RECENT FINDINGS: Essential hypertension is the main determinant of cardiovascular morbidity and mortality worldwide. During the last decades, several antihypertensive drug therapies have been introduced and tested in clinical trials, both as monotherapies and combination therapies. The current recommended therapeutic approaches effectively reduce the lifetime risk of experiencing major cardiovascular outcomes and disabling comorbidities, such as myocardial infarction, stroke, and congestive heart failure. On the basis of multiple proofs, antihypertensive therapy is currently recommended for improving event-free survival rate and quality of life in different clinical settings and conditions. At the same time, other cardiovascular drugs, including novel lipid-lowering, anti-platelet, and anti-coagulation agents, have been made available and also contribute to reduce the incidence of atherothrombotic diseases.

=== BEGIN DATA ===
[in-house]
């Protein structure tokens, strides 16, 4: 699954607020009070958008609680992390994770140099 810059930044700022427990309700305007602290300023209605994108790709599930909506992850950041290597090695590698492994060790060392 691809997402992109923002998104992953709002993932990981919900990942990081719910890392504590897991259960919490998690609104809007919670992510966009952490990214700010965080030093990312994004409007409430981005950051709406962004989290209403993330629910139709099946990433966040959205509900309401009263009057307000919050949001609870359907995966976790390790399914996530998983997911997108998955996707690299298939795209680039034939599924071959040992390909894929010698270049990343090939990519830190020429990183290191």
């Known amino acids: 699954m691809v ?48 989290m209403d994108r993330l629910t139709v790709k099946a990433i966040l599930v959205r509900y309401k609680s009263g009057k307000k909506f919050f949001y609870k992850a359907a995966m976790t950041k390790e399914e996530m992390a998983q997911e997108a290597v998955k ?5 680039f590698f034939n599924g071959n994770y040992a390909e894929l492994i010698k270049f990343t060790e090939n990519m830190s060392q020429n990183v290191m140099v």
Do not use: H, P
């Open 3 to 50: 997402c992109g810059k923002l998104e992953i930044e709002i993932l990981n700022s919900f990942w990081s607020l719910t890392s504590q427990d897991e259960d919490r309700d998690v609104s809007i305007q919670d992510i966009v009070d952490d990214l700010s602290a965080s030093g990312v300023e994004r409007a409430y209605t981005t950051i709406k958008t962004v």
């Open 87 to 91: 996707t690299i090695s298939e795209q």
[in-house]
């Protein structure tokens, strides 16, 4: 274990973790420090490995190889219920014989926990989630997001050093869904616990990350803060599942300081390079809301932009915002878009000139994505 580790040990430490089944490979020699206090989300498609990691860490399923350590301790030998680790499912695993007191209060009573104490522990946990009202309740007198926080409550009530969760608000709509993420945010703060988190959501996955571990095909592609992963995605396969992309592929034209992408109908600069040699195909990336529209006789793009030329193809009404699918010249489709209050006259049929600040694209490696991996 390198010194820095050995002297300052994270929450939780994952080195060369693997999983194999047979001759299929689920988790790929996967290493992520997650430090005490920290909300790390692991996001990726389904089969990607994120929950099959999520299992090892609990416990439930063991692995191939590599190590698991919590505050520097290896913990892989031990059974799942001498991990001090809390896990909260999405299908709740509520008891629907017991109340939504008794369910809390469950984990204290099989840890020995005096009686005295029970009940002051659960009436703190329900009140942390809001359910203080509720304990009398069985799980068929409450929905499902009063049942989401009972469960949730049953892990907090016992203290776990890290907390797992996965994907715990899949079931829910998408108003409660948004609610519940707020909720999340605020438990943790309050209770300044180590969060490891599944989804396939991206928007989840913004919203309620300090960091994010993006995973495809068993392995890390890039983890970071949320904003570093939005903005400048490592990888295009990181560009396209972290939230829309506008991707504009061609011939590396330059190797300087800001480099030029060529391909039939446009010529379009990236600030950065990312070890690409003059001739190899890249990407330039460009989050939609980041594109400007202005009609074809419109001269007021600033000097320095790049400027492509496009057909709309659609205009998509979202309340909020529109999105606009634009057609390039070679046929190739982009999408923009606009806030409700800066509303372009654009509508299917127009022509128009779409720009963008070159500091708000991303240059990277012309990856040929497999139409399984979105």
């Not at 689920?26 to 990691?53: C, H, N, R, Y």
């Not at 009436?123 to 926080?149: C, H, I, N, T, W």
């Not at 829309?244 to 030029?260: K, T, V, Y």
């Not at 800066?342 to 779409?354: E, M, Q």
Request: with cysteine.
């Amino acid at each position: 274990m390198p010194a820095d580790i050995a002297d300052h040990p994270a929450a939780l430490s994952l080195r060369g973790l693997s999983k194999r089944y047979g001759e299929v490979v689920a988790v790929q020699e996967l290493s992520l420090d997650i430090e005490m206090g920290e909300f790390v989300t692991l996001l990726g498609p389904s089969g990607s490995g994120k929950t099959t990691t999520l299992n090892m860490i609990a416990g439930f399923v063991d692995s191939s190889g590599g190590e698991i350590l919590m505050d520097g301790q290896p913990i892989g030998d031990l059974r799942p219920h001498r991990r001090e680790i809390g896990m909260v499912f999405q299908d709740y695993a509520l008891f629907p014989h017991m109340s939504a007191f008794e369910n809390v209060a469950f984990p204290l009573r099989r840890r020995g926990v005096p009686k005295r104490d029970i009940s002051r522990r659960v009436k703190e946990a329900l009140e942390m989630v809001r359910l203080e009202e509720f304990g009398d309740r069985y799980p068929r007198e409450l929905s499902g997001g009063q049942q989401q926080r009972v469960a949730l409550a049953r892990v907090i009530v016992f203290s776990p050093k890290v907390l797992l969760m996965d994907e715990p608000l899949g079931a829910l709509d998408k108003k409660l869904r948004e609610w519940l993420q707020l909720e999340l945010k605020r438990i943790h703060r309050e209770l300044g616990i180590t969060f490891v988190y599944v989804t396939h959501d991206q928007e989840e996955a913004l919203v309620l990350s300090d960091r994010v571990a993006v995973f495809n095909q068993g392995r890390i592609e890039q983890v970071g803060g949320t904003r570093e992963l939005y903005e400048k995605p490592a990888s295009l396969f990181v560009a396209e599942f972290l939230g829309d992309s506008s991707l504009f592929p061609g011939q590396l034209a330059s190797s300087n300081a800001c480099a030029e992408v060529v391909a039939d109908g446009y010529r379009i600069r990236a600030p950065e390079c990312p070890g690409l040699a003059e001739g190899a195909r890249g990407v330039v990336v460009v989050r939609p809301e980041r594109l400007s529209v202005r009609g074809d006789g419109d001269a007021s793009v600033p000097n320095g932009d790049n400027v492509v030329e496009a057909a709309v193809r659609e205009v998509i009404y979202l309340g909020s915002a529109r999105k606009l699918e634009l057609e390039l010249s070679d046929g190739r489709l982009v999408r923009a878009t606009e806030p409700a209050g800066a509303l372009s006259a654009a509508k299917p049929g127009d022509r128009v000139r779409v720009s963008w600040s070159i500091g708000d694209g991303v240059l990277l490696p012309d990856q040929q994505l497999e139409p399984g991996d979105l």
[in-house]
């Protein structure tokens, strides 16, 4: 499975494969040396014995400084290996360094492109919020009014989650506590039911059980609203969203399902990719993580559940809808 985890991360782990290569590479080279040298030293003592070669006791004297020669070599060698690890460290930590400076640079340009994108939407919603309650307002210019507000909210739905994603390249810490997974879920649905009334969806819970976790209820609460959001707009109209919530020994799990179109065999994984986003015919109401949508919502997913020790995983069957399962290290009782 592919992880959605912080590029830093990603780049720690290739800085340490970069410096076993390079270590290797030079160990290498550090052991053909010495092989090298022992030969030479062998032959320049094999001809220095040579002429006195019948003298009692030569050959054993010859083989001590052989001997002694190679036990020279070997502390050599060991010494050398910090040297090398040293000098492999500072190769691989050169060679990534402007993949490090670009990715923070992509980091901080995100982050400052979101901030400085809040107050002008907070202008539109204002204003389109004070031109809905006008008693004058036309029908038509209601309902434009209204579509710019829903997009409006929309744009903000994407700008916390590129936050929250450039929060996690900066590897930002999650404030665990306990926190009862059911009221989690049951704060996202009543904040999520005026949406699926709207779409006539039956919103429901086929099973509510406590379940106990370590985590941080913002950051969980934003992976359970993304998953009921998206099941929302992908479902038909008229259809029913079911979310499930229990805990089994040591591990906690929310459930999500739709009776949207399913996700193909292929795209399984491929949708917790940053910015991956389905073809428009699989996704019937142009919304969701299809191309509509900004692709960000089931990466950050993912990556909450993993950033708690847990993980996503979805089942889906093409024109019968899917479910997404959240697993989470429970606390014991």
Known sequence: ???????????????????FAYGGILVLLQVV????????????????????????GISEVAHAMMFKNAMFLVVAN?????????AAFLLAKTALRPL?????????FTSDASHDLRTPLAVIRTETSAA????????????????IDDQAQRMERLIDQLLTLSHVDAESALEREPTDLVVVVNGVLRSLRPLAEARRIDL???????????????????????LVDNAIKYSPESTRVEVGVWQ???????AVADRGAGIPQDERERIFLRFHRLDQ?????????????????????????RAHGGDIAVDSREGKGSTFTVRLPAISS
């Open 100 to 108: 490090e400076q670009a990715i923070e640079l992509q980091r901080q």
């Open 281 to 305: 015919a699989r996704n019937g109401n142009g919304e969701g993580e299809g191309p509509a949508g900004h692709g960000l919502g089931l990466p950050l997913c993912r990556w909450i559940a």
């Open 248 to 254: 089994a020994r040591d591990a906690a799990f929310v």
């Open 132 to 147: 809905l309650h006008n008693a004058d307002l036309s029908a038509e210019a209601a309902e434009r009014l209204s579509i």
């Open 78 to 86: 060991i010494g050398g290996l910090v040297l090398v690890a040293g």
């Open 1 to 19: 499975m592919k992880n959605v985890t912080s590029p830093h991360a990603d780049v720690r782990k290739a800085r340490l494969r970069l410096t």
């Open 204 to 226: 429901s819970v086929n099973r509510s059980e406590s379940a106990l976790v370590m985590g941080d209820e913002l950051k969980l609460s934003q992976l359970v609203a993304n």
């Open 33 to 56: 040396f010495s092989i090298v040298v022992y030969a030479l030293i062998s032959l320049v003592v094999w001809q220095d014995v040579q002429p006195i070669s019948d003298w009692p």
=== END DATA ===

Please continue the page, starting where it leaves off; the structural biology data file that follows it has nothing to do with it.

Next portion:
PURPOSE OF REVIEW: Beyond the beneficial aspects obtained by pharmacological treatment of major cardiovascular risk factors and comorbidities, including hypertension, several aspects remain to be defined. One major limitation linked to randomized, controlled clinical trials is represented by the relatively short duration of the studies, which usually ranges between 1 and 5 years. Whether antihypertensive therapy should be maintained for a longer time (after 5 years) and whether this is supported by sufficient evidence of a persisting benefit is supported by limited post-trial observations but mostly by findings derived from large clinical registries. The so-called legacy effect in the treatment of hypertension, in which patients who are treated with a given antihypertensive therapy may derive a long-term benefit after discontinuation of therapy, has been recently proposed on the basis of accumulating evidence and, in particular, on the availability of long-term post-trial observations in randomized controlled clinical trials. In this review, we discuss the evidence witnessing a legacy effect of antihypertensive therapy and whether this supports sufficiently lifetime drug treatment of hypertension.